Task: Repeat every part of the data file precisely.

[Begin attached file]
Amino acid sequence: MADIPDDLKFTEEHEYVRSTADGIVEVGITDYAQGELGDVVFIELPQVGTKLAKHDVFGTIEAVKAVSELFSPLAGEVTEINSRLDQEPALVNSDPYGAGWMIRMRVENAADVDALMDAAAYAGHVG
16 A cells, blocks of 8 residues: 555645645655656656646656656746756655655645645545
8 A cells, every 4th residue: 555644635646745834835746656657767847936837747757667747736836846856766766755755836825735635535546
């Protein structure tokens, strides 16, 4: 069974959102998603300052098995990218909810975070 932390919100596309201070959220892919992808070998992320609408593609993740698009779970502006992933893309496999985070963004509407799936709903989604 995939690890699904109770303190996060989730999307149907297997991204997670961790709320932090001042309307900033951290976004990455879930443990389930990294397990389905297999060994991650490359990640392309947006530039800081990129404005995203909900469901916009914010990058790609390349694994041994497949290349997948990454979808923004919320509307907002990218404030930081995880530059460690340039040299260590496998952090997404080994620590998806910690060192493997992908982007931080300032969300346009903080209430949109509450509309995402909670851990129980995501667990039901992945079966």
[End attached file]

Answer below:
Amino acid sequence: MADIPDDLKFTEEHEYVRSTADGIVEVGITDYAQGELGDVVFIELPQVGTKLAKHDVFGTIEAVKAVSELFSPLAGEVTEINSRLDQEPALVNSDPYGAGWMIRMRVENAADVDALMDAAAYAGHVG
16 A cells, blocks of 8 residues: 555645645655656656646656656746756655655645645545
8 A cells, every 4th residue: 555644635646745834835746656657767847936837747757667747736836846856766766755755836825735635535546
């Protein structure tokens, strides 16, 4: 069974959102998603300052098995990218909810975070 932390919100596309201070959220892919992808070998992320609408593609993740698009779970502006992933893309496999985070963004509407799936709903989604 995939690890699904109770303190996060989730999307149907297997991204997670961790709320932090001042309307900033951290976004990455879930443990389930990294397990389905297999060994991650490359990640392309947006530039800081990129404005995203909900469901916009914010990058790609390349694994041994497949290349997948990454979808923004919320509307907002990218404030930081995880530059460690340039040299260590496998952090997404080994620590998806910690060192493997992908982007931080300032969300346009903080209430949109509450509309995402909670851990129980995501667990039901992945079966």